My first memory of Michael Jackson was when he had won his Grammy for the "Thriller" album. My family had then bought the Grammy Awards cassette tape, a collection of 20 (I think) of the winning songs from the year. Two of those songs were "Beat It" and "Billie Jean". And they were so good that my sister and I added them to our own mixtapes. (And yes, I'm that old!)
Then, for a moment, I stopped listening to his songs because I learned that he was a Jehovah's Witness and his albums supposedly made use of "backward masking". But as I grew older and more discerning, I came to enjoy his songs for what they were: fun, little ditties that got me dancing (though I don't dance).
It was also around this time that I became a big fan of his song, "Heal the World", for its strong message of hope. Through some reason, this song came out at the time that Superman died in the landmark Superman #75 comic. As a result, when I hear the song or read the comic, I'm reminded of the other.
I don't remember when, but I remember being amazed at his music video, no, short film for his "Bad" album, in particular, the segment for "Smooth Criminal". The part when he and his dancers leaned forward at an impossible angle harkened back to his other slick dance move, the legendary Moonwalk, which I never failed to perfect.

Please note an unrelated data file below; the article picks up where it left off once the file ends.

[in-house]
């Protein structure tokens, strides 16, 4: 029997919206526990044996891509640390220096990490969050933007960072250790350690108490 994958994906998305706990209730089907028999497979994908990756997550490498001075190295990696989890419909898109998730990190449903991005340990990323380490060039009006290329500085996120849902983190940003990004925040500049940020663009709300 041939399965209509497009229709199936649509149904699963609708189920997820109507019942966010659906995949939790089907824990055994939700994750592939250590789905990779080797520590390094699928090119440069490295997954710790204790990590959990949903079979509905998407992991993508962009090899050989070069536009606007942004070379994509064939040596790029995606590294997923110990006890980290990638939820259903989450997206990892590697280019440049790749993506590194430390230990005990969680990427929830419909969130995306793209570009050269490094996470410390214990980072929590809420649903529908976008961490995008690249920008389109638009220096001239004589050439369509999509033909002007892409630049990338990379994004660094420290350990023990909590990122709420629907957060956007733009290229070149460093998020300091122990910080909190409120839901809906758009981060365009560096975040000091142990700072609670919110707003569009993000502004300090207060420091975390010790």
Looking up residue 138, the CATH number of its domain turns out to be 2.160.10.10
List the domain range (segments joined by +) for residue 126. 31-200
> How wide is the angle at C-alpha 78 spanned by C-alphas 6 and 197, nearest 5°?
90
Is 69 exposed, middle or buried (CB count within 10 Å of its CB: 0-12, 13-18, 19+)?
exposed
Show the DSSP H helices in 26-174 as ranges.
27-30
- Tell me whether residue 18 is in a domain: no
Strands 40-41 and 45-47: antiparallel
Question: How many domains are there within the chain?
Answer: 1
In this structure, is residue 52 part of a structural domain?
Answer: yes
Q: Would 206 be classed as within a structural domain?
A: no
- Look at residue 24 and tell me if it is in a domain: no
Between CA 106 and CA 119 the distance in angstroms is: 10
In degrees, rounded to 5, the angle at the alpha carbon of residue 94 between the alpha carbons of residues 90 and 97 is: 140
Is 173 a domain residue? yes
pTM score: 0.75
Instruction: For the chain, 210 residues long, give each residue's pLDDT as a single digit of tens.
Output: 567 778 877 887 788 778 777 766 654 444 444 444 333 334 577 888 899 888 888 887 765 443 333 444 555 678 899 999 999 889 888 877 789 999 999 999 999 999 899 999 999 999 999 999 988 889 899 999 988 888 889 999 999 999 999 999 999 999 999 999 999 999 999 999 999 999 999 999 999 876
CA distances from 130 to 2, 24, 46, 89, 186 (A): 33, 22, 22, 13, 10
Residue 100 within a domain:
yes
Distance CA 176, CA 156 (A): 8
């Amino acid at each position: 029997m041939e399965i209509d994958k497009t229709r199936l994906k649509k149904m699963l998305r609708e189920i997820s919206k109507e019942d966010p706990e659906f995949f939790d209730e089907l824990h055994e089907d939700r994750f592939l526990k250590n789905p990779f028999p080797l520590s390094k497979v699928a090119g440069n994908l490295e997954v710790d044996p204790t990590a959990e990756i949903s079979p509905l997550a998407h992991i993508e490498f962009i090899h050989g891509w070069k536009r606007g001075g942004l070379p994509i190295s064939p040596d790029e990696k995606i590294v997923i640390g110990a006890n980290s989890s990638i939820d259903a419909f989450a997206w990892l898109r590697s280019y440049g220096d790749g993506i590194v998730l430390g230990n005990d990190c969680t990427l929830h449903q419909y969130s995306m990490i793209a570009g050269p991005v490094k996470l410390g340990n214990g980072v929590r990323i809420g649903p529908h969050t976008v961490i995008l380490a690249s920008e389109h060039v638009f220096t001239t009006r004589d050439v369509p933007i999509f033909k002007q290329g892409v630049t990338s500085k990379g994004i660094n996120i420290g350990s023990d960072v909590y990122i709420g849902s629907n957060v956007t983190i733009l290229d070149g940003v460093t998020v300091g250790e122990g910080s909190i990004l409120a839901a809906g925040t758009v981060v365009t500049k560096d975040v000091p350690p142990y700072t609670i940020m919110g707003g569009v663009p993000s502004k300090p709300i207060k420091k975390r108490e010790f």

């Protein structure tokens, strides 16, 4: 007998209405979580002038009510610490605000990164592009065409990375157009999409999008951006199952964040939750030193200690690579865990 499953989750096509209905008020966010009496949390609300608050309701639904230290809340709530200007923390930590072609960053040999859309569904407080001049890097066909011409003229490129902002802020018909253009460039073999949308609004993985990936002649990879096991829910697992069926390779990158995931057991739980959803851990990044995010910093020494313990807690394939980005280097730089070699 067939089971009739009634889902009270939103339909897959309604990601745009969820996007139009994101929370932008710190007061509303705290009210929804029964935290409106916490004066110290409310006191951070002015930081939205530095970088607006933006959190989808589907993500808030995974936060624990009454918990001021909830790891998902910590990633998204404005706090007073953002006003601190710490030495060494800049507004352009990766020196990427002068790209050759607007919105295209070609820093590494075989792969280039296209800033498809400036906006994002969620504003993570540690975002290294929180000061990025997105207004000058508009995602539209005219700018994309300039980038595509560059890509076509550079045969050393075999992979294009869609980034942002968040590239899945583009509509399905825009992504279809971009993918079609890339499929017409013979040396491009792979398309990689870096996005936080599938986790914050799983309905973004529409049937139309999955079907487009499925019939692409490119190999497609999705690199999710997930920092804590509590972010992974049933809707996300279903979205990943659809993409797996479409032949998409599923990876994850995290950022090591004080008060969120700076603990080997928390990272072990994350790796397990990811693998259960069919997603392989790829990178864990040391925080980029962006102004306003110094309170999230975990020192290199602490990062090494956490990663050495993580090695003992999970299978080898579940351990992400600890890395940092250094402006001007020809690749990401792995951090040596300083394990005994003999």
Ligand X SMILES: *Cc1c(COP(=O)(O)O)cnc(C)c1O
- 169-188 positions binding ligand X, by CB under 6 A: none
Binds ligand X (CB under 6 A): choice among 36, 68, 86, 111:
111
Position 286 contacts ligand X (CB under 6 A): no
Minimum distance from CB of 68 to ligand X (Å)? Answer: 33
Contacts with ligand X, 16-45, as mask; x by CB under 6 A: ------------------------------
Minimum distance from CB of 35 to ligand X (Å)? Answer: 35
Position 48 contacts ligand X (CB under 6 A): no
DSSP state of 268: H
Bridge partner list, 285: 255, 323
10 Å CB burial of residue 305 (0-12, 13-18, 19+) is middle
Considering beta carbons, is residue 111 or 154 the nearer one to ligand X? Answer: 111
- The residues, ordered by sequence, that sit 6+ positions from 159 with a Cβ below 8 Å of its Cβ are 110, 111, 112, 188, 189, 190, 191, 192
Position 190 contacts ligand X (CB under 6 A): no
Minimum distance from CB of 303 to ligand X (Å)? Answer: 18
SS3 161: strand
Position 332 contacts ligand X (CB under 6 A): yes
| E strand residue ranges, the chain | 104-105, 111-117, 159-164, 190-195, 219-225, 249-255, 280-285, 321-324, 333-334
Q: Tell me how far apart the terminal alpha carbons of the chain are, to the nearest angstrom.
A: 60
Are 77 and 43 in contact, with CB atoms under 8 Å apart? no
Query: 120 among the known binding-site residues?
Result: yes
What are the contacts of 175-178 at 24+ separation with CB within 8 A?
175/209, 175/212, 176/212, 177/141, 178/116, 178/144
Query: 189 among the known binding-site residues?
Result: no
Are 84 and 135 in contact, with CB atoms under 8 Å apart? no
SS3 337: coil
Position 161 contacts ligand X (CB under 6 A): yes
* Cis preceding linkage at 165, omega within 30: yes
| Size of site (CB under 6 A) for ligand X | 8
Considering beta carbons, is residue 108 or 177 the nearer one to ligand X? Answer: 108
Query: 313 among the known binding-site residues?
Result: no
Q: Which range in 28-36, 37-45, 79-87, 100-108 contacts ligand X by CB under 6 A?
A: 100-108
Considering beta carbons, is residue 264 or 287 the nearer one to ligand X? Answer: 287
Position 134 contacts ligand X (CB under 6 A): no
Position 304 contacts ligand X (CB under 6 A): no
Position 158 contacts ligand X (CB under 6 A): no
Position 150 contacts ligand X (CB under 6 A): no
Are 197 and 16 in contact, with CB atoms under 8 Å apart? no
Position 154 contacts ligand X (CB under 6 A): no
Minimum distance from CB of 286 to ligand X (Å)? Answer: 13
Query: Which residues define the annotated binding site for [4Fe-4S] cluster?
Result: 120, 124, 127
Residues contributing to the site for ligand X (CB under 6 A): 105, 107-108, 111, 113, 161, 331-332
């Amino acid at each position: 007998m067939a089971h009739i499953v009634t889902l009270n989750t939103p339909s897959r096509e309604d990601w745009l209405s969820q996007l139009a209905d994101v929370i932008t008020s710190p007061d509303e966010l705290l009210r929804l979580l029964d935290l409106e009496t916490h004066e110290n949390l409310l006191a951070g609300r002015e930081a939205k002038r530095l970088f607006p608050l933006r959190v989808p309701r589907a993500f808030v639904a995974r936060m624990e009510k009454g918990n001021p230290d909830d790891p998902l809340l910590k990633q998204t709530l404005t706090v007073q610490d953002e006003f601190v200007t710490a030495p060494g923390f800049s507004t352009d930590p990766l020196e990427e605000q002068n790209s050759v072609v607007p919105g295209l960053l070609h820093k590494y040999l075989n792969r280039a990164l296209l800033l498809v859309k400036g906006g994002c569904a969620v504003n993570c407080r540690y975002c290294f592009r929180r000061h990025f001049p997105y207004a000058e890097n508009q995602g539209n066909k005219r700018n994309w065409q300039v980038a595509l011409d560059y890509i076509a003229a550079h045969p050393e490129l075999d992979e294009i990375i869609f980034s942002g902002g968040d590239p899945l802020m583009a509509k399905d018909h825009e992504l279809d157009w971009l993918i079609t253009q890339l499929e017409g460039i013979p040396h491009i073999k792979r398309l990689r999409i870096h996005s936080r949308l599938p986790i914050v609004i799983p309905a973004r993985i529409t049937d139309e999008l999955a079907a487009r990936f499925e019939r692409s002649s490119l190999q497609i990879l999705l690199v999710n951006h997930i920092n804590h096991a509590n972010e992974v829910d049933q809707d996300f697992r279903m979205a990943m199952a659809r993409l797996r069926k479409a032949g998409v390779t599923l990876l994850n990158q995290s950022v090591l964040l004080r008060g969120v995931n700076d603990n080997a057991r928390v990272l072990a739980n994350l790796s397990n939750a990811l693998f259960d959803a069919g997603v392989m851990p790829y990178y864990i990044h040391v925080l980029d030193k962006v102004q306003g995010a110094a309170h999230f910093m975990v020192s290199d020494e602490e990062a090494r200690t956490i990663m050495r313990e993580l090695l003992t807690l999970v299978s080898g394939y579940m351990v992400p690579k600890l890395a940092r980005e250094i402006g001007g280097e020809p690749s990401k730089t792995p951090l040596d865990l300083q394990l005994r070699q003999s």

A few years back, I finally decided to put down some good money for his "HIStory" album. It was a collection of his hit songs, and listening to it was like taking a trip down memory lane.
And this is what I'll remember the King of Pop for. Not his bizarre antics or his ever-changing appearance or his criminal trials. Like many fans, I'll remember him for his music. My parents' generation had Elvis Presley, we'll have Michael Jackson.
I think we'd all like to think that Facebook is the only social network service that we should care about due to its immense reach. But the thing I like to remind myself about Singapore is that we're a very Western influenced country, unlike the rest of the region. As a result, though we follow the U.S. and European trends, our neighbours may not.